In the face of these challenges, the sector is rallying together. The Ethical Tea Partnership (ETP), for example, was formed in 1997 as a not-for-profit membership organisation working “to improve the sustainability of tea production, the lives of tea workers, and the environment in which tea is produced”. More recently, the collaborative Tea 2030 initiative was set up by global sustainability non-profit, Forum for the Future, to bring together leading organisations from across the tea sector to better understand how current trends will affect the industry and to create a roadmap to tea’s sustainable future.


Direct action


Bettys & Taylors Group, known for tea and coffee brands Yorkshire Tea and Taylors of Harrogate, is itself a member of both ETP and Tea 2030, and is taking a collaborative, long-term approach to addressing supplier resilience that will deliver long-term results. By 2020, the Yorkshire-based family business aims to have carbon neutral sourcing through a range of activities including planting of one million trees across tea farms in its supplier heartland in the foothills of Mt Kenya, delivering both carbon sequestration and livelihood benefits.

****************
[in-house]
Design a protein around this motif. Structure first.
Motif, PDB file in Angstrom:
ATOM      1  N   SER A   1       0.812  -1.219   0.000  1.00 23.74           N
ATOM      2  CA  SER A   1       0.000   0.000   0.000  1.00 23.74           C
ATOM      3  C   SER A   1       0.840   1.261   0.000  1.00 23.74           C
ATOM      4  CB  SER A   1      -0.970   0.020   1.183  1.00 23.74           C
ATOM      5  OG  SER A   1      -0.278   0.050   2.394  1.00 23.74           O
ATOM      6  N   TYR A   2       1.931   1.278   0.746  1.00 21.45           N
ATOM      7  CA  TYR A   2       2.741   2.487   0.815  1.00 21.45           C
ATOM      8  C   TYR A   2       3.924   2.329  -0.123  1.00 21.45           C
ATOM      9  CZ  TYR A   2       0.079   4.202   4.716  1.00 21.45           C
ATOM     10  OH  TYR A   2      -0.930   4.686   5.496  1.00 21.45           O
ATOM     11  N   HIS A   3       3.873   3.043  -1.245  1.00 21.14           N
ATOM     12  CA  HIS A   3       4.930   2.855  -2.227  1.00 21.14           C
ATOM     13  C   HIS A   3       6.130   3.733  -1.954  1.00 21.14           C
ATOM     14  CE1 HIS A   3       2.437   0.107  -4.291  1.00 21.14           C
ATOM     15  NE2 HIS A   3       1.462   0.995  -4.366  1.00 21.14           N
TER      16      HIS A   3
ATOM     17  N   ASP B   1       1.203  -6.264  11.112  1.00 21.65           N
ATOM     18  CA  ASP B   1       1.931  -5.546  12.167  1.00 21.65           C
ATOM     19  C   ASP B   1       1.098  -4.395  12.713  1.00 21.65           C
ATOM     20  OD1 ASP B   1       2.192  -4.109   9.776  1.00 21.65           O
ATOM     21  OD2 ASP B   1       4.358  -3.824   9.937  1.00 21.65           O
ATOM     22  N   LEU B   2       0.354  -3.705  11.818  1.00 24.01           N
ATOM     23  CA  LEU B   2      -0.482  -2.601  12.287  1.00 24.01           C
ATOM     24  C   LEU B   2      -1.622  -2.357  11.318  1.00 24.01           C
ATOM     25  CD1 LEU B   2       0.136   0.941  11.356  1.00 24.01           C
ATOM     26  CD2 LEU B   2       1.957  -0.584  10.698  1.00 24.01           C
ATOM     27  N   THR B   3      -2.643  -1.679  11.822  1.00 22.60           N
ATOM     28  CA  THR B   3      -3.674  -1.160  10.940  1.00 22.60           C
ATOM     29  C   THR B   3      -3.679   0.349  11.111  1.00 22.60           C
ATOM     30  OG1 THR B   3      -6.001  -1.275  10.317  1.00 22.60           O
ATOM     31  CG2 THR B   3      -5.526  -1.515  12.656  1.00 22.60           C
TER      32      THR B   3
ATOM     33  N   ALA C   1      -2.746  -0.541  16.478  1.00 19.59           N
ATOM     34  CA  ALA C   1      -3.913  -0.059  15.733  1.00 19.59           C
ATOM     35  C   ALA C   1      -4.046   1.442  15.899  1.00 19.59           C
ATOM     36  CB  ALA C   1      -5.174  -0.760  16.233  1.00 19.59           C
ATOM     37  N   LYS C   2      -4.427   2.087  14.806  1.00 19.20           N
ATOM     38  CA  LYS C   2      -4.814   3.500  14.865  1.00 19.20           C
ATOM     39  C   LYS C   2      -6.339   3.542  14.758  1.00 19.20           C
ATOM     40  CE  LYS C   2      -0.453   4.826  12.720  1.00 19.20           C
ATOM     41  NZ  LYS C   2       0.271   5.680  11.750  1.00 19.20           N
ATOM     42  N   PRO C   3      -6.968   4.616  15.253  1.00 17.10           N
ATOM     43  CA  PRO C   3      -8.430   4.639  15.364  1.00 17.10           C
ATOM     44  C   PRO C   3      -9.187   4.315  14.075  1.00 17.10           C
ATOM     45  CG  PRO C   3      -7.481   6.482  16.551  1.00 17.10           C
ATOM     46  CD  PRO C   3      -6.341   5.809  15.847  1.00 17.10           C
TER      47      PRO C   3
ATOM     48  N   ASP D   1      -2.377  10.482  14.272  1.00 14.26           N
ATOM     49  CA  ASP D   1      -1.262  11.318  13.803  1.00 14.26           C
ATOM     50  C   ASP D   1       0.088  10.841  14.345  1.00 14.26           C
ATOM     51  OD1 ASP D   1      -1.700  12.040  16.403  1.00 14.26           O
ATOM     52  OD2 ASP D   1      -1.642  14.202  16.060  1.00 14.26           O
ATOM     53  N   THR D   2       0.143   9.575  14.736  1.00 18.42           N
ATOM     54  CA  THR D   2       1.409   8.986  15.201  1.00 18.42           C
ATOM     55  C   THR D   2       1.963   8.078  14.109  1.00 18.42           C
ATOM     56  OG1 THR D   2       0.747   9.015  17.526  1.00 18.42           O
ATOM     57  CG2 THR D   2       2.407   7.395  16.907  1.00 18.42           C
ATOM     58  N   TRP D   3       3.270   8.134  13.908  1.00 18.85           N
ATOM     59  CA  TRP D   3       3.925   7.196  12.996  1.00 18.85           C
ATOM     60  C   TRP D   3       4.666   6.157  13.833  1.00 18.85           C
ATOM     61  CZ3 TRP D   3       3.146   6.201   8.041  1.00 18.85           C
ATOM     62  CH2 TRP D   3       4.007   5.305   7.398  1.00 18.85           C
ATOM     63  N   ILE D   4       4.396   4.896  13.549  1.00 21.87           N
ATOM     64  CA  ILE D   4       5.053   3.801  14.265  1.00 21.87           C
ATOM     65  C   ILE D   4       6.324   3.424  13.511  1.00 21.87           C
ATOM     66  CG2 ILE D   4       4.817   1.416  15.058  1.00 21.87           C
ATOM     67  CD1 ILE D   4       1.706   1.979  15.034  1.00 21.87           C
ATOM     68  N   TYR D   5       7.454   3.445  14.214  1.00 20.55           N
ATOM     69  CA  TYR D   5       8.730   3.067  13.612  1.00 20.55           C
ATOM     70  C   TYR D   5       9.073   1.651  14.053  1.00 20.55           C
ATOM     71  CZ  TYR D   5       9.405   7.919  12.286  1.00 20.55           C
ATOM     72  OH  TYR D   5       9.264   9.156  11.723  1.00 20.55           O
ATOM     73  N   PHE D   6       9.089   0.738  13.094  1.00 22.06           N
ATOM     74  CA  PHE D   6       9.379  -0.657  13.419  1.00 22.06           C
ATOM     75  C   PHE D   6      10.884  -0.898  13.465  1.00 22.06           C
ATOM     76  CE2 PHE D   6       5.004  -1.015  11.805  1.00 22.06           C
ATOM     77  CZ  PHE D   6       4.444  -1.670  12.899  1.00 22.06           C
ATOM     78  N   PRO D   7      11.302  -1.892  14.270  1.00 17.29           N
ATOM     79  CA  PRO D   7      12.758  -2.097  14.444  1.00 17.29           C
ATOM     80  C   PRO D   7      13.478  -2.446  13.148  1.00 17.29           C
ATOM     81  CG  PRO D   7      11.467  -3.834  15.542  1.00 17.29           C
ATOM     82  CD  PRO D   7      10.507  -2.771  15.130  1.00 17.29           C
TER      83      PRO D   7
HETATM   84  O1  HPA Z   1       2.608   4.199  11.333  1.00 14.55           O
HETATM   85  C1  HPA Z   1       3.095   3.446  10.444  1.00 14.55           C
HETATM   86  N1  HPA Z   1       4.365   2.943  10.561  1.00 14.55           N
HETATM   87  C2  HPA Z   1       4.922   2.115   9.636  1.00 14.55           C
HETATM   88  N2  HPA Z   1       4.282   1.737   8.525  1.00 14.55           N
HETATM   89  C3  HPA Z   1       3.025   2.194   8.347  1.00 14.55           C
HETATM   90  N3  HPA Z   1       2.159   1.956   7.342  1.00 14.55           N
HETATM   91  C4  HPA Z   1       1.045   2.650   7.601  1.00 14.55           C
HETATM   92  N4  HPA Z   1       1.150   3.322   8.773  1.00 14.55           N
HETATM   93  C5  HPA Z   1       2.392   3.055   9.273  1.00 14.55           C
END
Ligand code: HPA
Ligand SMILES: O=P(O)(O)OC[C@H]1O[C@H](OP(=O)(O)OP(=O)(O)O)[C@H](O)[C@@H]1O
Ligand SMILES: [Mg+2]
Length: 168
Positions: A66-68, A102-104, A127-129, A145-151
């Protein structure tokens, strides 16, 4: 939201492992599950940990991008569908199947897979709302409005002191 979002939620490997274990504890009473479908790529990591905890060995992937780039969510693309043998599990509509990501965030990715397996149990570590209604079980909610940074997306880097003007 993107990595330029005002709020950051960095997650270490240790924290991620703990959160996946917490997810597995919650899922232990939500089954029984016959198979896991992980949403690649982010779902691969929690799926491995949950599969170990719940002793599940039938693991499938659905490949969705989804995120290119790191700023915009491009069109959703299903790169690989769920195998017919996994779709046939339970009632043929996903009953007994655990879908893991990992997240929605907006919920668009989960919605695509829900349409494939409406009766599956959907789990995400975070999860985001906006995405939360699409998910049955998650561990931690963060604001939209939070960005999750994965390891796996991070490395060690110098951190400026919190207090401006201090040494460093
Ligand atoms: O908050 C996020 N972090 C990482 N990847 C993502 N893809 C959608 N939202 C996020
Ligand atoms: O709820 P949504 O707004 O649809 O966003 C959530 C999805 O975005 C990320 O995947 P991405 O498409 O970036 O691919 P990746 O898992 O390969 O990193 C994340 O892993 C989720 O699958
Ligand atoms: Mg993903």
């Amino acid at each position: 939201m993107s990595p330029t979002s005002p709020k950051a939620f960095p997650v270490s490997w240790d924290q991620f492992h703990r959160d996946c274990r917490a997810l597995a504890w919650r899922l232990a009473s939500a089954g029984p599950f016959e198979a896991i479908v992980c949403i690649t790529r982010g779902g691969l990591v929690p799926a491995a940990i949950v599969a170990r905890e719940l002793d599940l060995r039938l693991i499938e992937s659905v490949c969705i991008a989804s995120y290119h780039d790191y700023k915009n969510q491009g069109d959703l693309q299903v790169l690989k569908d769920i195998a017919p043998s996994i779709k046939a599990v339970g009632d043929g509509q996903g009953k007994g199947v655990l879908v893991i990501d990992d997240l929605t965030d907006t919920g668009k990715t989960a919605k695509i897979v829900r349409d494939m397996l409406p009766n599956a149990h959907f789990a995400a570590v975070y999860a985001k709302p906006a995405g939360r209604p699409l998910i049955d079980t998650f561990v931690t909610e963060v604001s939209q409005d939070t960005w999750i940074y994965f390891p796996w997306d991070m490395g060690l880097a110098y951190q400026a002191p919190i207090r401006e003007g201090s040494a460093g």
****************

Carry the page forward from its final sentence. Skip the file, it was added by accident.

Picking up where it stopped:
The Community Reforestation Programme is being carried out in partnership with Natural Capital Partners, specialists in working with corporations on results-based solutions for their environmental goals. Through the initiative, participating farmers – tea farmers directly supplying Bettys & Taylors - receive a modest annual income for every tree planted on their land, and further revenue as the trees grow and sequester carbon. They will also be sharing knowledge and best practice on how to sustainably manage their land and increase biodiversity through training programmes and seminars in conservation farming and agroforestry techniques. In conjunction, an ongoing life cycle assessment will guide Bettys & Taylors toward an internal reduction target of 20% by 2020. The second phase of the carbon management programme will use carbon finance projects to address the company’s coffee business.


More than just a tree